These pieces include the Little Black Dress and Levi Jeans. Further proof of the status of the Aran sweater as a fashion classic and must-have wardrobe staple. Not bad for a piece of clothing that began life as a humble fisherman’s sweater on a remote trio of islands off Ireland’s Atlantic coast!
Get Yours Today!
So why not treat yourself to our classic Traditional Aran Sweater today! The untreated wool is a thing of the past-ours comes in super soft, easy to wear merino wool in a choice of no less than 15 gorgeous colors!
Take care of yourselves and each other.
Slán go fóill!
It also helped identify the bodies of fishermen washed ashore after a mishap as each family had their own design combinations.
So they say Bettina!
Thanks for reading,
I love my Aran sweaters! Interesting Irish history ???☘️?
Thanks Eileen. That’s so lovely to hear!
Glad you enjoyed the blog and the sweaters!
Hi LULU . I love your swatters ,the look so good and are so soft and warm Your Country is just beautiful . I love the country side, so peaceful and gentle. My Grand ,Grand ,Grand Mother came from the county of MAYO. To south Texas , that was part of Mexico ,at the time. Her Father went to fight for Mexico ,with other Irish Catholics Like Johan Riley , We have a little Irish in us. Some of us Americans of Mexican heritage ,will always love the Irish Catholics Viva Ireland . Your Friend Amador .
Amador, with regards, your ancestor may have been part of the San Patricios. They fought in Mexico as Irish-Mexican and US war(s). You see we have always had Mexico and the people of Mexico in our hearts… yes for religious reasons but always because of your dignity for families. That, unfortunately, is missing today. But I am always reminded by Mexican/Honduran/Guatamalan and South American strength of family in the US. Kind Regards, Robert O’Gorman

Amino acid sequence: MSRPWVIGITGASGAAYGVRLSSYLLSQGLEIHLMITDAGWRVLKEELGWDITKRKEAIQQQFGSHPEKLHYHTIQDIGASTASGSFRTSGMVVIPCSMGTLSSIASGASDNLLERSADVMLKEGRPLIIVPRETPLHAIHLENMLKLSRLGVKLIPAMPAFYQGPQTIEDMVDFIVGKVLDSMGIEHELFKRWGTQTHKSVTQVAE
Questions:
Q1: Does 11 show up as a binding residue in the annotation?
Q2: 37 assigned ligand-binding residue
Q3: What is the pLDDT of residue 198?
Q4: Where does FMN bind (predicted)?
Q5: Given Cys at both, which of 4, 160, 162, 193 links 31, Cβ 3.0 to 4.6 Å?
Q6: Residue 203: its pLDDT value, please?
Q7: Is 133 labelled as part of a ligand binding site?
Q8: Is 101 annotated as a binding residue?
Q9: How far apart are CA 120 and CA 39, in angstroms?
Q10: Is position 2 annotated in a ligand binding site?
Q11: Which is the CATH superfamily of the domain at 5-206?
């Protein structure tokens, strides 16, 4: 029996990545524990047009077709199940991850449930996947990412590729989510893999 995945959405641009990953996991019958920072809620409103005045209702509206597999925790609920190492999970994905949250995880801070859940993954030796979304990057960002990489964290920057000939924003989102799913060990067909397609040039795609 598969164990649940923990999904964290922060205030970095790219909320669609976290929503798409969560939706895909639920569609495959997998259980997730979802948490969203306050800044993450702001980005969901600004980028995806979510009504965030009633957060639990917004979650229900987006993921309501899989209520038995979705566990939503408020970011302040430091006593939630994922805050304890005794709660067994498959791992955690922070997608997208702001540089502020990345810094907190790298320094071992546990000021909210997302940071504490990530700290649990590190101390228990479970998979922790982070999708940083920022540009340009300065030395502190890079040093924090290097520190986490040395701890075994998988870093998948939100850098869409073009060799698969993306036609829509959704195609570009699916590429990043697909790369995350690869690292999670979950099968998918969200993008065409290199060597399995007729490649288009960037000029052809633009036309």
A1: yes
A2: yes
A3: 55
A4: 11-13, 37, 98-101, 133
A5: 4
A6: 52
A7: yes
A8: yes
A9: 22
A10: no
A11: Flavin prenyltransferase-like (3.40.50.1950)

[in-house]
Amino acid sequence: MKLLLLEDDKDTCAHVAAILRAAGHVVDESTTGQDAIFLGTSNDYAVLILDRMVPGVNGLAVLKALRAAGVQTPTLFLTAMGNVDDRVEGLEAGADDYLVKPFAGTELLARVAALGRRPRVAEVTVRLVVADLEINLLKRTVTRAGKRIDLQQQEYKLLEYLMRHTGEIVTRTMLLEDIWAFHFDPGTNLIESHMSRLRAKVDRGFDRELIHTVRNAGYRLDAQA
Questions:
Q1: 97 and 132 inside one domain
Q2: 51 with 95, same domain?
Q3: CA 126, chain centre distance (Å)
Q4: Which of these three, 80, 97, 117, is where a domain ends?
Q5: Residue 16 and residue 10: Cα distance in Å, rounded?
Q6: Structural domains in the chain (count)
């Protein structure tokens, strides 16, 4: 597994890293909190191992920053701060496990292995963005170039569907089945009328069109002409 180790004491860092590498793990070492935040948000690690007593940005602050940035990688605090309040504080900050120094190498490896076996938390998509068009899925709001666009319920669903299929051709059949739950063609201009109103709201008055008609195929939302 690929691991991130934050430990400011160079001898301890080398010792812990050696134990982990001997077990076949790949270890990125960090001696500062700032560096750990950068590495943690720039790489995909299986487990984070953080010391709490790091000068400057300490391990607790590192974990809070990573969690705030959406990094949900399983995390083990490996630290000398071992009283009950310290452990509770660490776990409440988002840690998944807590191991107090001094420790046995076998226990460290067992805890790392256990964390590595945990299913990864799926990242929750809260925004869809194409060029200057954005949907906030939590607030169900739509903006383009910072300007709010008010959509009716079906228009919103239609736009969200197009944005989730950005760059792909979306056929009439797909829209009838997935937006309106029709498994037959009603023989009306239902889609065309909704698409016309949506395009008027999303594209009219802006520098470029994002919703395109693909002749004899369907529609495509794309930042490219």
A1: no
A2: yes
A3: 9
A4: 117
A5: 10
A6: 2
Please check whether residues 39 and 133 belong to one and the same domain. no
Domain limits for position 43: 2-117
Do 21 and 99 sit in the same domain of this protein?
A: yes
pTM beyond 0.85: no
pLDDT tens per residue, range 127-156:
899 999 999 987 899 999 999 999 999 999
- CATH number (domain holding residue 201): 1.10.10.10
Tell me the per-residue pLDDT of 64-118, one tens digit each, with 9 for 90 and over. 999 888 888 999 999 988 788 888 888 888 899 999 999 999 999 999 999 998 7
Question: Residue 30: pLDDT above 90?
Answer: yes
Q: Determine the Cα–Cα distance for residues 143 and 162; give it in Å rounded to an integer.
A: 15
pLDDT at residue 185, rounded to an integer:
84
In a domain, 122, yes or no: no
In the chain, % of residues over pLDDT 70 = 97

So glad you’re loving the sweaters! And your ancestors come from such a beautiful part of Ireland!
Thanks so much for reading and shopping at The Irish Store!
My friend and I had planned our trip to Ireland july 31-august 20. We had to cancel due to covid. I have 3 sweaters from your store and i love them. I told him we need to visit your shop when we get there which will hopefully be soon! Thanks for the history behind your beautiful sweaters!
You are so welcome and I am thrilled you’re a fan of our sweaters!
I’m sorry you had to cancel your trip and I hope you get to come and see us very soon!
Stay safe and well,
I HAVE THE PLEASURE OF VISITING THE ARAN ISLANDS A FEW YEARS AGO AND STILL HAVE SOME OF YOUR LOVELY KNITTED ITEMS, NEVER FORGET SUCH A LIVELY PLACE. HOPE I CAN RETURN IN THE FUTURE, BEST REGARDS, ARACELI
I was told by my Grandmother that her brother Patsy Corrigan who was a fishermen in Achill Island was lost to the mean waters off the Bay. When his body was found he was identified by the stitch work on his sweater.
Wow what a story to have heard from your grandmother!
Thanks so much for reading,
Fabulous story, thank you for sharing!
So glad you enjoyed it,
Thanks for reading,
I bought my first Irish sweaters in Donegal in 1978… my wife still wears it! I have a closet full from your store and a couple others and have spoiled my nephews and their girls friends for past several Christmases with Irish sweaters. My one nephew bought one for their new dog to where around to the Irish pubs in New York City!
Thanks so much for choosing The Irish Store for your Aran sweaters! I hope you and your family enjoy them for many years to come.
I received my sweater yesterday, it looks great and fits well. I wore it today and feels so warm and comfortable.
Delighted to hear you’re happy with your purchase.
Wishing you health to wear it,
My 40+ years old cardigan still smells of the sheep when I give it a bath, and I regret not a bit of it, much as I do enjoy the feel of merino in the last couple of things I’ve purchased.
Sounds like you have a true original that was definitely made to last!
Thanks so much for reading,